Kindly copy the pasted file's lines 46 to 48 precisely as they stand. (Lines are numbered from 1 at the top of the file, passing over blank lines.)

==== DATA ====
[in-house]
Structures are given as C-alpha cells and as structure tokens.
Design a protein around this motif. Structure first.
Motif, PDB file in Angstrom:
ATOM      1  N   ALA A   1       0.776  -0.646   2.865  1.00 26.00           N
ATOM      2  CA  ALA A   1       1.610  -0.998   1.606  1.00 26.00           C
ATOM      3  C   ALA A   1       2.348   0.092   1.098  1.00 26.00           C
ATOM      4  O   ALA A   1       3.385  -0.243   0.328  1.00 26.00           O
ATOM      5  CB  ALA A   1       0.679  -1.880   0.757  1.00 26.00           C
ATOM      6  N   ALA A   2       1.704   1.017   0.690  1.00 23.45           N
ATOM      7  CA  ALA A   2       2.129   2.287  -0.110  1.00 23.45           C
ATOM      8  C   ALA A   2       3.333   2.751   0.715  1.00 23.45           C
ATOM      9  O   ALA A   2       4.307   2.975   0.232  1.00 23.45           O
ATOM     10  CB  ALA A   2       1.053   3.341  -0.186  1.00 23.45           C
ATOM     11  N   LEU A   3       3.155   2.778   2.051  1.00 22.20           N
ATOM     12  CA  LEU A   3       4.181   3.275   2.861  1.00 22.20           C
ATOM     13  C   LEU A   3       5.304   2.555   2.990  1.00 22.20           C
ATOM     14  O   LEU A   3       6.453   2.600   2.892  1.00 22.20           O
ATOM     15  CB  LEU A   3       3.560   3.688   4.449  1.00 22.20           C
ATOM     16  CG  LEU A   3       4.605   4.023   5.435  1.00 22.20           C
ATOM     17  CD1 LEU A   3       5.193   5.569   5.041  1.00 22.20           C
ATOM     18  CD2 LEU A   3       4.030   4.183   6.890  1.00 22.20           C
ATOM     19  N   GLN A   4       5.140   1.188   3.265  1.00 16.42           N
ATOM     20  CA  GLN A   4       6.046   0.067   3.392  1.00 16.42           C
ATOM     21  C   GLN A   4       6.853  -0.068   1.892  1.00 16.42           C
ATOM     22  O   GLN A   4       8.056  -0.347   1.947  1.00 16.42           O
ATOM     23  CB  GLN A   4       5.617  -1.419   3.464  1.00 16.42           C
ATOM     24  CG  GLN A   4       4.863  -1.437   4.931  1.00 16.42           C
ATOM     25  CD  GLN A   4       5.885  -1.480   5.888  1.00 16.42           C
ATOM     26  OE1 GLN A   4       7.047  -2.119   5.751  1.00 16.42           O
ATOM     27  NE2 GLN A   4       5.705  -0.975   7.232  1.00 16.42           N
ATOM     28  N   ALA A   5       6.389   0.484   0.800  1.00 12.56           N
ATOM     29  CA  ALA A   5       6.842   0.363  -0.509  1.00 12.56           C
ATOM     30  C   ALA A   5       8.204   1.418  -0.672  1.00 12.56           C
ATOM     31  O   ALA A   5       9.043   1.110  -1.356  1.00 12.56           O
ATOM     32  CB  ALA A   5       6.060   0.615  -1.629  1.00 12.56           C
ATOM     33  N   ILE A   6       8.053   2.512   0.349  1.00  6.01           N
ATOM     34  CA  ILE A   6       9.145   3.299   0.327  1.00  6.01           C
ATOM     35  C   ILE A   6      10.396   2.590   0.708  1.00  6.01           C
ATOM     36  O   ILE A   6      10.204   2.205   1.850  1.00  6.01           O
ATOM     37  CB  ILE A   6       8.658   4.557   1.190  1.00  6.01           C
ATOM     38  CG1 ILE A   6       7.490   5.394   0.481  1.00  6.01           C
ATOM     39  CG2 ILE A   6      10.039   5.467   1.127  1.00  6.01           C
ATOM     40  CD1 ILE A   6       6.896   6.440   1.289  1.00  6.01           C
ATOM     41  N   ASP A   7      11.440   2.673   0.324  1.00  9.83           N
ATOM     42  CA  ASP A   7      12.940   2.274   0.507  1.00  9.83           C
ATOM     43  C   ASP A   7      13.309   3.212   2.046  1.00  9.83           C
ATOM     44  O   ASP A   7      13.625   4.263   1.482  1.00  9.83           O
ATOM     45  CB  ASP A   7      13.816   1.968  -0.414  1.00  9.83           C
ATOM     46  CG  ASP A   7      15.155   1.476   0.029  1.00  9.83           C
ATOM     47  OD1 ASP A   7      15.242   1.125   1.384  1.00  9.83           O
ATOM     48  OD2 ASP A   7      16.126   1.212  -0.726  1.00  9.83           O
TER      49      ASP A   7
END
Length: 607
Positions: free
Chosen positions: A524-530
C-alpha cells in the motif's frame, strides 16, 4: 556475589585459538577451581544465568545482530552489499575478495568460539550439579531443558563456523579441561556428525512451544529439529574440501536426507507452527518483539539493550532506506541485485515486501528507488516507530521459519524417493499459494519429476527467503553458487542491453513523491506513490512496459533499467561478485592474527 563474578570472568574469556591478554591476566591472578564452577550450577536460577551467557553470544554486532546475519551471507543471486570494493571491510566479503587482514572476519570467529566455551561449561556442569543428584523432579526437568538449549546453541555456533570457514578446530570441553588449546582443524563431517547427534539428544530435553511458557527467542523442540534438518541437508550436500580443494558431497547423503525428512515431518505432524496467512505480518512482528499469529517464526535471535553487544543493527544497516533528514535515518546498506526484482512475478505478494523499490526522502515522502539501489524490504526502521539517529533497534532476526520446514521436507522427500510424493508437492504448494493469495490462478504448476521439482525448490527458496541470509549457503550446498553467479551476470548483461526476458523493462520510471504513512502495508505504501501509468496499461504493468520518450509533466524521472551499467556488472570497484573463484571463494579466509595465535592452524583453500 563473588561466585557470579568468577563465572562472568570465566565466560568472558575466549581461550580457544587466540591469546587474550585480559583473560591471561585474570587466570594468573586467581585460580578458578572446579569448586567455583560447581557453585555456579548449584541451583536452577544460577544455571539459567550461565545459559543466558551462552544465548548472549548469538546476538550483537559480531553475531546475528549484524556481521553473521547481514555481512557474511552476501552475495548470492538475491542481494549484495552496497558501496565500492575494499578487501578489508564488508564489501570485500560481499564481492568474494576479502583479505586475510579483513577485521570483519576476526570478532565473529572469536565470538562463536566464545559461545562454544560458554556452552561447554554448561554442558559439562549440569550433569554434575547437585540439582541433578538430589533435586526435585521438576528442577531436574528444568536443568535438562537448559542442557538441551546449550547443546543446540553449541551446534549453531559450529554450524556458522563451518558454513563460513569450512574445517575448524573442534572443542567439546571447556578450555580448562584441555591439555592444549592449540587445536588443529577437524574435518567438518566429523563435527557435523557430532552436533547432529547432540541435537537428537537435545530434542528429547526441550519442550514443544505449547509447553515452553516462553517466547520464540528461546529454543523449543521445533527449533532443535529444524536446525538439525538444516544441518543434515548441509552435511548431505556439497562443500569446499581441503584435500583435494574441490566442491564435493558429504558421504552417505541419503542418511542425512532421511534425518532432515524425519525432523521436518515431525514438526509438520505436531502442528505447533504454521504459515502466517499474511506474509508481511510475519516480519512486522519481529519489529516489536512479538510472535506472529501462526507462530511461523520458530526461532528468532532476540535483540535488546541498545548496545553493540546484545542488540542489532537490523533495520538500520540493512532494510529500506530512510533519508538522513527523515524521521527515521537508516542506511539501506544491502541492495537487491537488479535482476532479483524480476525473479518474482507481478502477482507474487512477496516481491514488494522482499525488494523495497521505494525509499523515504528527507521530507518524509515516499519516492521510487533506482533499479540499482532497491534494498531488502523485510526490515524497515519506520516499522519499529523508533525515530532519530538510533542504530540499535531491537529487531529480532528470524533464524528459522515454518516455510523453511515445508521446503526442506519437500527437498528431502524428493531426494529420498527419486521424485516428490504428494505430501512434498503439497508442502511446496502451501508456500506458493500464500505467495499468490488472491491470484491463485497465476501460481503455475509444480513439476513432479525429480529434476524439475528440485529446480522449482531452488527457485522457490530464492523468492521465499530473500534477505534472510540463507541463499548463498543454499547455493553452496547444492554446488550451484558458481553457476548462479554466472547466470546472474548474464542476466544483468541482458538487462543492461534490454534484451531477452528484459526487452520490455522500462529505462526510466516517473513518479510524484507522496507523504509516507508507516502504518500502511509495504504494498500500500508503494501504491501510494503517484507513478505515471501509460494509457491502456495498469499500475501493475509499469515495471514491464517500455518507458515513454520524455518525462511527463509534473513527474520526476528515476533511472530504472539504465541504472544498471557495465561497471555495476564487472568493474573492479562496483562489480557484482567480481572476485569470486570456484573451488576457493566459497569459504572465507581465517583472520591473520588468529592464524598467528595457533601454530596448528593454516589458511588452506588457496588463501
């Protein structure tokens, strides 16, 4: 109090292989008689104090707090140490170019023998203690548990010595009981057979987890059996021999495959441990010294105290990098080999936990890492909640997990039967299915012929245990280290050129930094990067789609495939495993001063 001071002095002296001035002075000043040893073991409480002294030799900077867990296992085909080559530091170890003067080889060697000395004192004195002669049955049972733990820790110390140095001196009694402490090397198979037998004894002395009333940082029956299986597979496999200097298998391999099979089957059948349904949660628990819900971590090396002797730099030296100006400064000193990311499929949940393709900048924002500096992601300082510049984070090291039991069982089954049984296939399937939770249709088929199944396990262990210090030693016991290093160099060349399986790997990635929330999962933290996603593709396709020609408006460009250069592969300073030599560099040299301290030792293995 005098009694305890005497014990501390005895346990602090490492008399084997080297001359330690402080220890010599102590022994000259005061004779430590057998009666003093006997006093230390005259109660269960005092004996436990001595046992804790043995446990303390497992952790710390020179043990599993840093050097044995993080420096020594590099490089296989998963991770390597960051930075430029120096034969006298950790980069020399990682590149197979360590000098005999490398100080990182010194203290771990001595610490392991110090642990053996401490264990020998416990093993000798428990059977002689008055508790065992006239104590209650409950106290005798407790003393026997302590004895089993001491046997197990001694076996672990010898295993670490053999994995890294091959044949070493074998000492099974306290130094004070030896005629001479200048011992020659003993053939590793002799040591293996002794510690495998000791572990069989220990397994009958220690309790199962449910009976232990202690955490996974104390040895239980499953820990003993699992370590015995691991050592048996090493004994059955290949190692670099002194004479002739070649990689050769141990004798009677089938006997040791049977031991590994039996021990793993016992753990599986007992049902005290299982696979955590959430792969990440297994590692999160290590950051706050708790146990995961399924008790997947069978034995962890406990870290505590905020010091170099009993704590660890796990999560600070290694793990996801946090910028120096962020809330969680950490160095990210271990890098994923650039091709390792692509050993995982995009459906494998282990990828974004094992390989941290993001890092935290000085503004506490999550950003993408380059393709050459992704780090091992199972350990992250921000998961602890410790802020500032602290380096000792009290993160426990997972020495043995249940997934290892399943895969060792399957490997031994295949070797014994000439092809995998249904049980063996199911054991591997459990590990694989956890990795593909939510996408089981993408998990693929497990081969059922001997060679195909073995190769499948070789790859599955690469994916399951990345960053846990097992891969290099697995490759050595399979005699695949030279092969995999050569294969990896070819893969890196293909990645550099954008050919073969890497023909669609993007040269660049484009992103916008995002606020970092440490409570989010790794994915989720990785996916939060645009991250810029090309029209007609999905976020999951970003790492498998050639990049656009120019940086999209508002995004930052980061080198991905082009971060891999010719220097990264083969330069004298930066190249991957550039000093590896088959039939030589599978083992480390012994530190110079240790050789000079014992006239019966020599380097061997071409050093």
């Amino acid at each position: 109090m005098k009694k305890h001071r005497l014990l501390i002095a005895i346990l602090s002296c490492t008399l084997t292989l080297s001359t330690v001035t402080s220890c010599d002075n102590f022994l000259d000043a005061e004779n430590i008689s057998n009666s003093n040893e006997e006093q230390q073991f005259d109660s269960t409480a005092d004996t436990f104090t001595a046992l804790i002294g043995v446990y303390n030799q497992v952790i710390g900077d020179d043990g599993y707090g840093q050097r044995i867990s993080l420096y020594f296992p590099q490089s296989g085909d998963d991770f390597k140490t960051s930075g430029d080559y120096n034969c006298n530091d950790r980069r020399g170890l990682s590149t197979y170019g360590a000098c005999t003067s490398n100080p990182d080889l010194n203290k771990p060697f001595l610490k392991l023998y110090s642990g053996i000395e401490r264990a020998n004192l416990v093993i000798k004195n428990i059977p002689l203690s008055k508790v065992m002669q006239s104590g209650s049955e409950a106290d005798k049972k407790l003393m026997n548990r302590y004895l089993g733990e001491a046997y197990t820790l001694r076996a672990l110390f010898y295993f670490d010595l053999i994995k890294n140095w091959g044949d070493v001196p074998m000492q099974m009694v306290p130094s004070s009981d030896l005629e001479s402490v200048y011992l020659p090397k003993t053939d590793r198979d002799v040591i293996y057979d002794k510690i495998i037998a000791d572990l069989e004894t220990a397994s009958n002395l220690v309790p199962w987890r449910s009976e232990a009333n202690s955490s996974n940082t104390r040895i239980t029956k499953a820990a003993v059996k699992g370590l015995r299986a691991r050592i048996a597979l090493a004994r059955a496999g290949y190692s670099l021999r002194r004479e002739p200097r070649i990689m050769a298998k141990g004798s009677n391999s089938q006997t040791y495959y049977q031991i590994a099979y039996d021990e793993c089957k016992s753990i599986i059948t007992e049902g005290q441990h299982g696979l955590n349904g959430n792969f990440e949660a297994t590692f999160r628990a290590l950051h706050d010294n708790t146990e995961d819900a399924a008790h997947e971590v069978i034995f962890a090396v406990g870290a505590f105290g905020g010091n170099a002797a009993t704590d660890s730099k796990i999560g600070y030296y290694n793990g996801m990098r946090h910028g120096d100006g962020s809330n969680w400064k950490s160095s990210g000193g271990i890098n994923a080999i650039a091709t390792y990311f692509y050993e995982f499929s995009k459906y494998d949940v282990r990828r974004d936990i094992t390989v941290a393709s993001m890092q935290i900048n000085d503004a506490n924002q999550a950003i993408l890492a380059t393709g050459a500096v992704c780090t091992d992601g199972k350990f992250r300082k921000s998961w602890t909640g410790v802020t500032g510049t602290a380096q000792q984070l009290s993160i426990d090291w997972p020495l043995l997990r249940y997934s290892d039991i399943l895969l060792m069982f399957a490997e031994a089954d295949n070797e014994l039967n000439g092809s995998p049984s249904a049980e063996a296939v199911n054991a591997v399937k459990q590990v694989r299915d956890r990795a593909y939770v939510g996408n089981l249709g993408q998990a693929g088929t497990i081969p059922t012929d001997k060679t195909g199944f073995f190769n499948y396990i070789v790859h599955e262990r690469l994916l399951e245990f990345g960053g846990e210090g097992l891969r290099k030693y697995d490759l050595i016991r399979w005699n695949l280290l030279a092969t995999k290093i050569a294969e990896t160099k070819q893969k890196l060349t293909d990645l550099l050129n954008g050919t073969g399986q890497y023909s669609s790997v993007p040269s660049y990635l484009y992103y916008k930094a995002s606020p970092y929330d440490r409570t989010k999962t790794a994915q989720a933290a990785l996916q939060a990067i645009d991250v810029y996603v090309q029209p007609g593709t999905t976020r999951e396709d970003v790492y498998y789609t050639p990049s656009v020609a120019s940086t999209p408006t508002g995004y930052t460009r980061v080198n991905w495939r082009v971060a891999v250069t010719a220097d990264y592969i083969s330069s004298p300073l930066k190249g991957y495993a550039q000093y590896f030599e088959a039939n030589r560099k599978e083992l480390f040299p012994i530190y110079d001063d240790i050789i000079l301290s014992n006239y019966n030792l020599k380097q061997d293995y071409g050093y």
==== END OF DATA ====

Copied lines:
ATOM     42  CA  ASP A   7      12.940   2.274   0.507  1.00  9.83           C
ATOM     43  C   ASP A   7      13.309   3.212   2.046  1.00  9.83           C
ATOM     44  O   ASP A   7      13.625   4.263   1.482  1.00  9.83           O